U.S. stock markets fell Friday, ending the longest winning streak for the Dow Jones industrial average in nearly 17 years.
The Dow dropped 25.03 points, or 0.2 percent, to 14,514.11 The Standard & Poor’s 500 index fell 2.5 points, or 0.2 percent, to 1,560.70, just shy of an all-time high from October 2007. The Nasdaq composite index dropped nine points, or 0.3 percent, to 3,249.
The Dow had notched a 10-day winning streak through Thursday, its longest since November 1996. The string of wins pushed the blue-chip index up 484 points, or 3.4 percent, to a Thursday close of 14,539.14. The index’s closing price on Feb. 28, just before the rally began, was 14,054.49.
Trading Friday was tentative because investors feared that rising inflation could cause the Federal Reserve to retreat from policies aimed at boosting markets. The government said that consumer prices increased in February at the fastest pace in more than three years.
The increase was driven by a spike in gas prices; the core index, which excludes the volatile energy and food categories, increased more modestly. But both figures rose 2 percent compared with a year earlier, enough to get investors’ attention, said Peter Tchir, who runs the hedge fund TF Market Advisors.
"It’s real and it’s a drag, and I think people are growing concerned that it can get out of control quickly," Tchir said.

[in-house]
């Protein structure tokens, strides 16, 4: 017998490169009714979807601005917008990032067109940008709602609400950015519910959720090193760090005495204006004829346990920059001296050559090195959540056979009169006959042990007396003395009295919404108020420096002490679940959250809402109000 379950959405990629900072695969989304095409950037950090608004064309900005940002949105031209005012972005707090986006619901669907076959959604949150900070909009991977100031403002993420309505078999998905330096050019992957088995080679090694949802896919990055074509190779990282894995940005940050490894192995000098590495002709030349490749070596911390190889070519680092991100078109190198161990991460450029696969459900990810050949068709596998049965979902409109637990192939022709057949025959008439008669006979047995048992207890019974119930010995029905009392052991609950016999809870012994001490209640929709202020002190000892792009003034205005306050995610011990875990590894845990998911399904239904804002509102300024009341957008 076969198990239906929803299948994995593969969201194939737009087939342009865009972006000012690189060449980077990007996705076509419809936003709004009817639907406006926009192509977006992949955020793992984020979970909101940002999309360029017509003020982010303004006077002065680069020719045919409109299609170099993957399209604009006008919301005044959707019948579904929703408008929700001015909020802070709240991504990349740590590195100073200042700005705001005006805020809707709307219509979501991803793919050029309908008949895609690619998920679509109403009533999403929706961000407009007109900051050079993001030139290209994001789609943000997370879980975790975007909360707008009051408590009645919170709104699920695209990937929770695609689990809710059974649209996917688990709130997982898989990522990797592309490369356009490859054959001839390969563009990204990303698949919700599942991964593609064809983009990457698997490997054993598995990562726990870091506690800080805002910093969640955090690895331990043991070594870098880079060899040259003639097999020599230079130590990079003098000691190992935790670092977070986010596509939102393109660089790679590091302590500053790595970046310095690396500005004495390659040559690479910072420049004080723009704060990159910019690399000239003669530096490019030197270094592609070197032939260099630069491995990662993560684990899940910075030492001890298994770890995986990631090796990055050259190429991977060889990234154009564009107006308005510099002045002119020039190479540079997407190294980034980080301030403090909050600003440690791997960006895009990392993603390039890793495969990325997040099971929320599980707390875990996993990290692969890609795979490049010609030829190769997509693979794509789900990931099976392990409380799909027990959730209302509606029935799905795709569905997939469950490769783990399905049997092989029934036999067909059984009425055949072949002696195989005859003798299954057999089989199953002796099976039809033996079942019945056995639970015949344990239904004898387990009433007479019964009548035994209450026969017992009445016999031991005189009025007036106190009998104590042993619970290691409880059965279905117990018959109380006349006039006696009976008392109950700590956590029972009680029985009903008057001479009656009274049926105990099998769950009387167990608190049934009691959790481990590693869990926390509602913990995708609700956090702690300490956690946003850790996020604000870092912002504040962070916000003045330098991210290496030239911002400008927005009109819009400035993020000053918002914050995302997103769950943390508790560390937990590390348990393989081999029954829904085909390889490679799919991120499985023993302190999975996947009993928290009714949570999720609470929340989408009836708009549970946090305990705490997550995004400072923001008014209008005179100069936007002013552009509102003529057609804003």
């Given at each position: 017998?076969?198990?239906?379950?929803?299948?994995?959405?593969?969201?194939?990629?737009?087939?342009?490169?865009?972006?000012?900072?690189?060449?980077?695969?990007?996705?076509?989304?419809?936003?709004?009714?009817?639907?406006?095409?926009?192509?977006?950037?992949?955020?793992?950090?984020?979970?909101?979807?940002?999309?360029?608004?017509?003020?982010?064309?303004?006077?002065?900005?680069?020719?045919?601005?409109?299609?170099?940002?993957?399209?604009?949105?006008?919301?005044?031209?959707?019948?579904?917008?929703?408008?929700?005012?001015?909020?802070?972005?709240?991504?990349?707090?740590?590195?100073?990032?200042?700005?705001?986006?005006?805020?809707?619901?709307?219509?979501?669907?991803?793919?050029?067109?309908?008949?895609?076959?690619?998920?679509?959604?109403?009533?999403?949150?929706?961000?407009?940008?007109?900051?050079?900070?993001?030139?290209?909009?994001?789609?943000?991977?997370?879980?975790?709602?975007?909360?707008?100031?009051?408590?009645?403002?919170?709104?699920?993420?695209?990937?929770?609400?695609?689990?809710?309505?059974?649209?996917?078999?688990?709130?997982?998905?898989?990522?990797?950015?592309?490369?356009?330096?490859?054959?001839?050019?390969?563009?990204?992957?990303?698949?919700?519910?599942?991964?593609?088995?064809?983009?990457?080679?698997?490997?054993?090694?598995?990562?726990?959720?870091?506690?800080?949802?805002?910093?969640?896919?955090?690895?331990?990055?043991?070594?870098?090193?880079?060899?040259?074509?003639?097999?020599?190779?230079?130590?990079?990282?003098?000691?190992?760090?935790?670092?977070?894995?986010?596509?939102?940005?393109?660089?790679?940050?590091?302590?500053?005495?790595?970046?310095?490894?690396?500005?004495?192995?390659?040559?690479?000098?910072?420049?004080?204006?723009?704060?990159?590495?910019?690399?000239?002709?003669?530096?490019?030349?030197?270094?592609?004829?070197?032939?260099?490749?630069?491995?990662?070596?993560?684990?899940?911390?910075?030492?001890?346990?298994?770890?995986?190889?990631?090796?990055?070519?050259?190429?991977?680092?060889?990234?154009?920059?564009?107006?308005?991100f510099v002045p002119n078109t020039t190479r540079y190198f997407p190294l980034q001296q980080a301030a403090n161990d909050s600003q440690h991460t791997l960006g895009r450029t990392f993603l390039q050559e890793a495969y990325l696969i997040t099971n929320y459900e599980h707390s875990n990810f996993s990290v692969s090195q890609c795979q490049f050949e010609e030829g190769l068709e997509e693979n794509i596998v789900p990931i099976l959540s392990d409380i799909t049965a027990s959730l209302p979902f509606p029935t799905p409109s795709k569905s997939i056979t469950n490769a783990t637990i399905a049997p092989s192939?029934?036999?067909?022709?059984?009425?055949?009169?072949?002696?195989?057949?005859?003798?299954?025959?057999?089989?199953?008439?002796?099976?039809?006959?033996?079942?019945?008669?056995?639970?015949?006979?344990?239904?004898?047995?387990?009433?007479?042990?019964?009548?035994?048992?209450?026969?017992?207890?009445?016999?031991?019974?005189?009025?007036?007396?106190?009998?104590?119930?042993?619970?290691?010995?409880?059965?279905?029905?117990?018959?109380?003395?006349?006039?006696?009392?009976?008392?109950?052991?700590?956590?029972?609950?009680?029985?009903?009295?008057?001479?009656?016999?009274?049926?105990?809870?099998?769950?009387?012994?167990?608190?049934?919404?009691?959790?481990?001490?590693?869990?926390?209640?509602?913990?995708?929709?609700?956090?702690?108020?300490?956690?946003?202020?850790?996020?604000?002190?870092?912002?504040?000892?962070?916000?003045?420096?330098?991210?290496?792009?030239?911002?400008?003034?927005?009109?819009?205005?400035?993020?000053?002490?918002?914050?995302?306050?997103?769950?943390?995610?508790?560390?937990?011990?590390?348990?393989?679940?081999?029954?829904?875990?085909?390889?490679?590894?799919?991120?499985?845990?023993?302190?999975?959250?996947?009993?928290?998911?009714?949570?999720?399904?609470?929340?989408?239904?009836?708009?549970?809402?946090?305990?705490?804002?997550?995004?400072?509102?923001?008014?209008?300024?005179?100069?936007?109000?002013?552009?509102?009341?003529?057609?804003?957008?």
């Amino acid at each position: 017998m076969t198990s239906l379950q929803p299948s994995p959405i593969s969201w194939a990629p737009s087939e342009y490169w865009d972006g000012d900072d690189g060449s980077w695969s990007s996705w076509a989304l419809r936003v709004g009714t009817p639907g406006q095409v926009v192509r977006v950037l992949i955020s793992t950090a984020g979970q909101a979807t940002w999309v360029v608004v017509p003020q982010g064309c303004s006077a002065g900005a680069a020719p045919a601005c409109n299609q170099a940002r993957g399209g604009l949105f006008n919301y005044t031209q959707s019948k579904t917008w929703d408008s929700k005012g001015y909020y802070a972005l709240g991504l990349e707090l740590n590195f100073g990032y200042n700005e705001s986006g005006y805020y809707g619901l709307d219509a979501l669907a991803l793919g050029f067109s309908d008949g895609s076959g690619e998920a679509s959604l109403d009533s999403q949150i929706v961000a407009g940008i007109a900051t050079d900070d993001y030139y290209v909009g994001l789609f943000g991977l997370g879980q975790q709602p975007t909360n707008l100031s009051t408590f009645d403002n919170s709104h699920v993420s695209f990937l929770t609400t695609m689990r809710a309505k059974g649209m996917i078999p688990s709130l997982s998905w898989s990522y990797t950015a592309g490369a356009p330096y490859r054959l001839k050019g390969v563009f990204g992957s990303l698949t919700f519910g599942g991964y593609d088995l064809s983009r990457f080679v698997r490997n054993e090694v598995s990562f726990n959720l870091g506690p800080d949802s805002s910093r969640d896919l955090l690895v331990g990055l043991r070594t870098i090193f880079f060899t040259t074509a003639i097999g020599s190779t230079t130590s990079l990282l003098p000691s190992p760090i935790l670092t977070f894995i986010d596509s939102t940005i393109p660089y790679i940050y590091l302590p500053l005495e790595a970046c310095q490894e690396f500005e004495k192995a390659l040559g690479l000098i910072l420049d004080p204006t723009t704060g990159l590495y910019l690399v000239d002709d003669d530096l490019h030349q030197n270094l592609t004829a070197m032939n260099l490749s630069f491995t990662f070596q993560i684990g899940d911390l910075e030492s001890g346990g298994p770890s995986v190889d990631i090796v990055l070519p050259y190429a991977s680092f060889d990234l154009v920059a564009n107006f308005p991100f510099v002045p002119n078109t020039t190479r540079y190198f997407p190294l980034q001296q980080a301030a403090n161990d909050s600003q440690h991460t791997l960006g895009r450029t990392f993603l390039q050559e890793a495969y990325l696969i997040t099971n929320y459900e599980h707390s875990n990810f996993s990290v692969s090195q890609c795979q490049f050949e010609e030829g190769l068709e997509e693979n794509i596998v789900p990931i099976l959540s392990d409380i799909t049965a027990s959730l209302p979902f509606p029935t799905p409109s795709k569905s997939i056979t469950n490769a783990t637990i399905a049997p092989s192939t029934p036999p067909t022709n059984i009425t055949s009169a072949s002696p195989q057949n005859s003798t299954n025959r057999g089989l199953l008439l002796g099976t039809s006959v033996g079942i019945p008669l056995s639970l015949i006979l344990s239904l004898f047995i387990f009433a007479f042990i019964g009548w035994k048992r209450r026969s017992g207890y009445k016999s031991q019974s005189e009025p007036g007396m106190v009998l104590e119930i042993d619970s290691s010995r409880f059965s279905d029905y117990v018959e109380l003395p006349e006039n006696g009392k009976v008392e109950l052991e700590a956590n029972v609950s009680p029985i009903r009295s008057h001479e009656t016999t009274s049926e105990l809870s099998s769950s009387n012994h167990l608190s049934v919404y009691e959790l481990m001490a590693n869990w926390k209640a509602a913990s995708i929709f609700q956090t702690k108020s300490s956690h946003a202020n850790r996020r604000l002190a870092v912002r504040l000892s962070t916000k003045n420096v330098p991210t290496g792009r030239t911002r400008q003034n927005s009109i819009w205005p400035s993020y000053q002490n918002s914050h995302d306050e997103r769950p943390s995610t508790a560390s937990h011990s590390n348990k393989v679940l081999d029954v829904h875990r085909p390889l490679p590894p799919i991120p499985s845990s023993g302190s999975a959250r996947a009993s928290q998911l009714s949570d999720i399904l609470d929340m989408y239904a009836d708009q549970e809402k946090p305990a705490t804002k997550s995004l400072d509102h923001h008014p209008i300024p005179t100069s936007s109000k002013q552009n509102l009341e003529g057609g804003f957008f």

The market’s recent rally to multiyear highs was fueled in part by the Fed’s efforts to keep interest rates low and encourage investment.
The Dow’s win streak matched a 10-day run that ended on Nov. 15, 1996. To find a longer uninterrupted series of gains, you would have to go back to Jan. 3, 1992, when the Dow rose for 11 consecutive days.
The index’s longest winning streak was 14 days, ending June 14, 1897.
Stocks opened lower and extended their losses at 10 a.m. after a closely-watched index of consumer sentiment fell to its lowest level since the end of 2011. The University of Michigan’s preliminary consumer sentiment index dropped 5.8 points to 71.8, according JPMorgan analyst Daniel Silver said in a note to clients.
Stocks reversed the losses briefly at midday, then drifted back down in the afternoon.